Stock index futures look to end the month of August on a weak note, as a global sell-off in equities spreads to the U.S. In China, the benchmark Shanghai Index fell by 6.7 percent yesterday, as traders fear that tightening credit will put the brakes on the country's expanding economy. The sell-off sent share prices in China down over 20% since August 4th and has many traders believing that Chinese indices may have entered a bear market phase. Obviously things are much better for U.S. stock indices, with the S&P 500 down only slightly from its highest point of 2009. However, September has historically never been kind to equities, and many traders believe we may see a correction in U.S. share prices this fall, as professional traders come back from their summer holidays and trading volume improves from its doldrums. The direction the indices may take could be determined by the slew of economic data coming out to start the month, including reports on existing home sales, factory orders, jobless claims, and the always important non-farm payrolls data for August. Current estimates for U.S. payrolls are for a decline of around 225,000 jobs in August, slightly better than the 247,000 decline in July. The unemployment rate is expected to increase by 0.1% to 9.5% after the surprising 0.2% decline seen in July. If this week's economic data can help confirm that the worst of the recession is behind is, then equities may continue their stunning recovery. If not, the market's reaction in China may be an omen of a challenging fall for traders.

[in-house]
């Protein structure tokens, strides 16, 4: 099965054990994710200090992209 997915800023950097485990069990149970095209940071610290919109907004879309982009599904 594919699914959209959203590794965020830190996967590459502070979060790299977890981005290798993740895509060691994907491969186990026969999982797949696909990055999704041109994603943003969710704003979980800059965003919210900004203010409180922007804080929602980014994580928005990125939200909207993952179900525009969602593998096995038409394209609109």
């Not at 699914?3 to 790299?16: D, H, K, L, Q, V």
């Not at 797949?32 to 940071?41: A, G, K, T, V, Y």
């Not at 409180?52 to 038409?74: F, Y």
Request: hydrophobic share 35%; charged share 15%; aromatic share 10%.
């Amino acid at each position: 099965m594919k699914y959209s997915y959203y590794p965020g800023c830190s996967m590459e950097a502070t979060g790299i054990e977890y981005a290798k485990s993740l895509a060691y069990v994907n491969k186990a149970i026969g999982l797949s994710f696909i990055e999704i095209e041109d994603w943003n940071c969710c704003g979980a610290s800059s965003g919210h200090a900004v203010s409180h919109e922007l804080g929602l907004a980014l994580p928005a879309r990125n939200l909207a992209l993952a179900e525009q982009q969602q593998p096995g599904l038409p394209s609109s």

Given the potential for volatility to increase in September, especially with the unemployment report looming, some traders may wish to consider initiating positions that will benefit from an increase in volatility. An example of such a trade using futures options would be buying a straddle. A long straddle involves buying a call option and buying a put option at the same strike price in the same month. For instance, buying the September E-mini S&P 500 1015 straddle. With the September futures trading at 1015, the straddle could be purchased for 23.50 points, or $1,175 per straddle before commissions. The premium paid would be the maximum loss on the trade. Since this trade has less than 3 weeks to expiration, more risk averse traders may wish to consider closing out the trade early if the position loses half its value before expiration.
Looking at the daily chart for September E-mini S&P 500 futures, we notice the market holding just above the 20-day moving average. The last time prices fell below the 20-day MA was on August 17th, and prices rebounded the following day. We are showing a bearish divergence in the 14-day RSI, as the highs made on Friday in the ESU9 did not correspond with a new high reading in the RSI. This may be a sign that buying momentum is beginning to wane and a correction in prices is due. 1038.75 is seen as resistance for the September contract, with support found at 975.50.
Mike Zarembski, Senior Commodity Analyst